If you're like me, you've known lots of people who have gone to Burning Man over the years. You've seen pictures, heard stories, and maybe vaguely considered going once but were too put off by the fact that it's in a hot, dusty desert prone to wind storms. It may have seemed a little cultish since they say things like "Welcome Home" and everyone comes back unable to shut the hell up about it and using words like moop. The threat of "Playa Foot" and orifices so dry they crack and bleed certainly doesn't add to the appeal. Nor do the ideas of porta-potties or unshowered people I don't know hugging me. Anyway...
It all worked out so I could go. One of my fabulous friends endured the hell of ticket purchase while other fabulous friends endured the driving. Thank goodness, because the traffic in and out of Black Rock City was sheer torture and made all the worse their horribly inept (dis)organization at the entrance. So I kinda hated the whole thing for the first little while. I could go on, but let's skip ahead to when I got over my feelings of contempt.
Here's why I fell in love with Burning Man: It is the most unique, thoroughly empirical experience you can ever have. There is not a single place that you can go, anywhere in the world, and come across anything like it. Not remotely. I realized that people can't stop talking about it because words completely fail to describe it, but you want everyone you care about to understand what it was like, so you just keep trying. From a bizarre post-apocalyptic landscape during the day to an old Las Vegas meets Tron look at night, the whole thing kept me in awe.
If you don't know much about it, you probably think it's all drugs, orgies, and naked people. Well, that's there, but it's so much more. Burning Man offers something for everyone and you can completely design your own experience. There are family sections and activities for you and your youngsters (I wouldn't take kids older than 6 or so, personally). Want a little yoga/self-improvement/exercise retreat? That's all there for you. Wanna dance the night away? No problem. You can meditate all day at the temple, catch a movie at the theater at night, hang out at the bars, or just enjoy the art.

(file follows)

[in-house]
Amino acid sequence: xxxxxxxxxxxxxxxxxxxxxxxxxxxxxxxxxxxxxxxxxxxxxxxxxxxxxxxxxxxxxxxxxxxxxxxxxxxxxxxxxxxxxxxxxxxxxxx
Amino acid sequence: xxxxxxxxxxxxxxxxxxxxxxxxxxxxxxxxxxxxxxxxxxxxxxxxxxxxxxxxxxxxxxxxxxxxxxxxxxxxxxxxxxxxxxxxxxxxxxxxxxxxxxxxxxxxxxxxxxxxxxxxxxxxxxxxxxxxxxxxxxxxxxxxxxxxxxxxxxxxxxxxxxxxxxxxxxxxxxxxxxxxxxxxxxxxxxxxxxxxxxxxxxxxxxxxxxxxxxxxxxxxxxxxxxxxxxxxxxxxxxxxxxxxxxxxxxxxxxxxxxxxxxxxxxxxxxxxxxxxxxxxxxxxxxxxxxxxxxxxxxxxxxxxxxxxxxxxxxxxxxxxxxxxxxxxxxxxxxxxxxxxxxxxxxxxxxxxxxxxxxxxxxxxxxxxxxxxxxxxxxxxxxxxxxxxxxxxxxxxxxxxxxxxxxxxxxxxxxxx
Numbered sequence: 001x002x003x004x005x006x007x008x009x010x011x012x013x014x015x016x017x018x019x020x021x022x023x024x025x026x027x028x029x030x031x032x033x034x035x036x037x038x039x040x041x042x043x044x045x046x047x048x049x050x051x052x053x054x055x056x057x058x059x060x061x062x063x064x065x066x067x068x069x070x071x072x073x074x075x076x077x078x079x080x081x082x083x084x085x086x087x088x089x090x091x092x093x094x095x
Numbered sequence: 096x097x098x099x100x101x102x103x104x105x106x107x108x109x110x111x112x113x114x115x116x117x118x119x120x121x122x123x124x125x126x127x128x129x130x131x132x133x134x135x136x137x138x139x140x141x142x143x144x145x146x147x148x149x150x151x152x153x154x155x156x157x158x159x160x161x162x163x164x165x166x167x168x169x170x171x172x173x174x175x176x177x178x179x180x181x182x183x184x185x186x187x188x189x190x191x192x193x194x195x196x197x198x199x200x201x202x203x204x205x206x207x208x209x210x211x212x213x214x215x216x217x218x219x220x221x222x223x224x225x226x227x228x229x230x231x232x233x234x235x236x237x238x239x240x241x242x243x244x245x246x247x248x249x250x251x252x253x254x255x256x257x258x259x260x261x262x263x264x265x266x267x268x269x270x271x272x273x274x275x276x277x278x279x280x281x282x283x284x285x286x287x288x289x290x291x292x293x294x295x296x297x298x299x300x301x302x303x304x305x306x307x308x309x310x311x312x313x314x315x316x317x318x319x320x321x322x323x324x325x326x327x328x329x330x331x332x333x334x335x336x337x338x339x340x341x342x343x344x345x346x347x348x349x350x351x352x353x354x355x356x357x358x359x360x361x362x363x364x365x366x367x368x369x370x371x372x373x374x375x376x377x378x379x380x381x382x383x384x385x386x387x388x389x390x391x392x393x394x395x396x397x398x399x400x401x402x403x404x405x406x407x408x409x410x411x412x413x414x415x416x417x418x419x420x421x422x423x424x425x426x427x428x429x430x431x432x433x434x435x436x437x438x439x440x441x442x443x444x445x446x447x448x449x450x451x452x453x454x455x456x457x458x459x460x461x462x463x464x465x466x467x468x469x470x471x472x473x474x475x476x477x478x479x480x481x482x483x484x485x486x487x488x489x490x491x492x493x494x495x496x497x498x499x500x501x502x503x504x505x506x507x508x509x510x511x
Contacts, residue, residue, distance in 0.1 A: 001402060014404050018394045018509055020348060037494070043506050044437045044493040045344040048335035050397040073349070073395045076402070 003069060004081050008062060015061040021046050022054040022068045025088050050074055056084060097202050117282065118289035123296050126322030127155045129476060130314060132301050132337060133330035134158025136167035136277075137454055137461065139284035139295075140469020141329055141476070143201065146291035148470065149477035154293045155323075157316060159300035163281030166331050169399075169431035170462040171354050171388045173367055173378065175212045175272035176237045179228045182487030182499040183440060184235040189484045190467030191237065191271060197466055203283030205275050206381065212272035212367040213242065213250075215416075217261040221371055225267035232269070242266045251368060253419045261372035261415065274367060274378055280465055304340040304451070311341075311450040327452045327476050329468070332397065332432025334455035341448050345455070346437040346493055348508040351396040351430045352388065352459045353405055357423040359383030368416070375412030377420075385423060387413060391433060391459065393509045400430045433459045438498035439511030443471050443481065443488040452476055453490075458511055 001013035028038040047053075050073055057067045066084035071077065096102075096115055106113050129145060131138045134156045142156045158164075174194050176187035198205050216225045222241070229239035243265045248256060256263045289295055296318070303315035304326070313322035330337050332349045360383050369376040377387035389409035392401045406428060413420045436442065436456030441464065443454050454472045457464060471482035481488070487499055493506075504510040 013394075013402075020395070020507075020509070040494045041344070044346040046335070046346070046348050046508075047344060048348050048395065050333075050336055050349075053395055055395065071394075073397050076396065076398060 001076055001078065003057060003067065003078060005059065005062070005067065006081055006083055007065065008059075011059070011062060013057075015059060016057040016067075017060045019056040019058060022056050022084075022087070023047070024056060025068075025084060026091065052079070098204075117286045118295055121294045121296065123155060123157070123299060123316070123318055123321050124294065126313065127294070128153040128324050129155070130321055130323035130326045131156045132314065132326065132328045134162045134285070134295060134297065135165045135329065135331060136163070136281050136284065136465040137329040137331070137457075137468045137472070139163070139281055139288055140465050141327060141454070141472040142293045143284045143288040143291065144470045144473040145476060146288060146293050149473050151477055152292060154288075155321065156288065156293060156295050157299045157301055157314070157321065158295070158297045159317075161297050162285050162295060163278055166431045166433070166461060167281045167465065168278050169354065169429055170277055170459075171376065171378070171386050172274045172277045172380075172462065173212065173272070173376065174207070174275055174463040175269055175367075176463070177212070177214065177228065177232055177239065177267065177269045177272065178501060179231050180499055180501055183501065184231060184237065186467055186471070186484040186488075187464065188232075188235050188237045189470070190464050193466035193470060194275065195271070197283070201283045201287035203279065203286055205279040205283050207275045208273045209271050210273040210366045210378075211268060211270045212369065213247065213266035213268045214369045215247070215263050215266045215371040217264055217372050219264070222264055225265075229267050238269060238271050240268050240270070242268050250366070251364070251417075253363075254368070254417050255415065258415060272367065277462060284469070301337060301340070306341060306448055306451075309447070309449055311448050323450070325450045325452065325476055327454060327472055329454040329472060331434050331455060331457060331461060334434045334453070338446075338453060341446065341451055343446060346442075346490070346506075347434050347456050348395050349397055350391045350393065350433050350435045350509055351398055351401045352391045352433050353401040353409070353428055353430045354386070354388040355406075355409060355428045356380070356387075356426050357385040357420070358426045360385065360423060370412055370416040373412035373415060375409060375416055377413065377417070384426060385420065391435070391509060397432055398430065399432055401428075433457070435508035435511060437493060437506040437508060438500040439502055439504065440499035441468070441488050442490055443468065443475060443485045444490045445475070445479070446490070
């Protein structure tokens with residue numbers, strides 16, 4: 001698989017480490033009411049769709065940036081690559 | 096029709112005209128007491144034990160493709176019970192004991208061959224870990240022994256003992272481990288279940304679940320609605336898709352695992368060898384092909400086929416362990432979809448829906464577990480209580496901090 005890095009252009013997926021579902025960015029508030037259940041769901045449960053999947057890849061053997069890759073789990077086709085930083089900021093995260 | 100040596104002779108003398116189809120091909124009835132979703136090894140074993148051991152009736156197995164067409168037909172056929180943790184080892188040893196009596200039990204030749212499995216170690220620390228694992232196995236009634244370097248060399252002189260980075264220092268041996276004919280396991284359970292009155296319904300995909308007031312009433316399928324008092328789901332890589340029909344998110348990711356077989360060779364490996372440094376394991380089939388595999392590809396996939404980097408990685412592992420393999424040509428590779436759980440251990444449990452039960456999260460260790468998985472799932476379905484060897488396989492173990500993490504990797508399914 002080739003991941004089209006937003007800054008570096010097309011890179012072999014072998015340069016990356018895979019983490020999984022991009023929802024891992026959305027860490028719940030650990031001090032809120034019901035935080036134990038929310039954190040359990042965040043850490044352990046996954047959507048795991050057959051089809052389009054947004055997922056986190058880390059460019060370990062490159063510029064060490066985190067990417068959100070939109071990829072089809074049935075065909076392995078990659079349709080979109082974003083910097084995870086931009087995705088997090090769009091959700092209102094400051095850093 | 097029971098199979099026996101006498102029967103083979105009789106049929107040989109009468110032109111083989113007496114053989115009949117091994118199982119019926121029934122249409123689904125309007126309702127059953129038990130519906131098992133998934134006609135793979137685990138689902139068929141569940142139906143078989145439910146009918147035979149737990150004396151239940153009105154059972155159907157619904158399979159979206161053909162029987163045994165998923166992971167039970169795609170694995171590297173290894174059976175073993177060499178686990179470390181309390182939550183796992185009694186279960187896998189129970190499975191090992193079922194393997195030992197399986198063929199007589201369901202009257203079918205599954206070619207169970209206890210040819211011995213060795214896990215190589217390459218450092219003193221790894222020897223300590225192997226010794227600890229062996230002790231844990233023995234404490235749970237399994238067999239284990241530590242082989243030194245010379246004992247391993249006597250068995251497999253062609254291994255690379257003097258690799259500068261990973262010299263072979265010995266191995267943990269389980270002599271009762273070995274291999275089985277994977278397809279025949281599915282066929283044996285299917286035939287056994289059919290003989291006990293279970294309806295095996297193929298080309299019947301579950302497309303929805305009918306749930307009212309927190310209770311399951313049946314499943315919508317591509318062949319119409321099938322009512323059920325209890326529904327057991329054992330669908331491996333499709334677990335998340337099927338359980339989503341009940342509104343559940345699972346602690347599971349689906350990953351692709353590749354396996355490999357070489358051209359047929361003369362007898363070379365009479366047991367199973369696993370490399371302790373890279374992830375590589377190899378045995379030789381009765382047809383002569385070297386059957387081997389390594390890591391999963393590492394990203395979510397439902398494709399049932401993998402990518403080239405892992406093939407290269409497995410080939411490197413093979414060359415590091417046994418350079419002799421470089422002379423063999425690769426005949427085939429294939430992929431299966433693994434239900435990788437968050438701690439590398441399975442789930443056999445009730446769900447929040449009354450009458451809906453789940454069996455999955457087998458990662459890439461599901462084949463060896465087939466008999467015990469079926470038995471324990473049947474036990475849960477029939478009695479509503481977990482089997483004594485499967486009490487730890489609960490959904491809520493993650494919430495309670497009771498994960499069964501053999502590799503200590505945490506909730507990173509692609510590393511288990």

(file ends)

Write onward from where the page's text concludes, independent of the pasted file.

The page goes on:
I knew that it was an "art thing," but I didn't realize the scope of it all. Imagine being at the world's biggest, coolest art installation where the large, beautiful pieces are not only awesome during the day, but take on another life while lit up at night. It boggles my mind that so many artists would give so much of themselves, their time, and money so that others could share this experience.
Obviously, it's a huge place with tons of people, so I'm sure there are some real a-holes around. That said, I met none of them. I felt like I was living in a place of total acceptance with the best neighbors in the world where anyone would give you anything you could ever need. It was lovely. Of course the whole experience wasn't perfect and there are things I could complain about (see paragraph 2), but I won't. Not now, anyway. All the great things about it outweighed the crappy stuff. Even the porta-potties.
The main fear I had of Burning Man for all these years is the physical environment. I'm a delicate flower and wilt in the heat. Therefore, deserts in the summer aren't really my thing. The idea of needing goggles and a mask with me at all times in case a big dust storm hits...not so appealing. But, you put up a shade structure, or go to the giant one at "Center Camp" where anyone can go relax.
As for the dust, well, it happens. At first I wasn't so thrilled with it, but it ends up becoming a really interesting part of the experience. As cheesy as this may sound, I've never felt more at one with the earth or my fellow human beings than when I was covered the in the playa dust after a wind storm. Something about knowing that we were all covered with the same stuff that was covering the earth....made me wanna hug someone.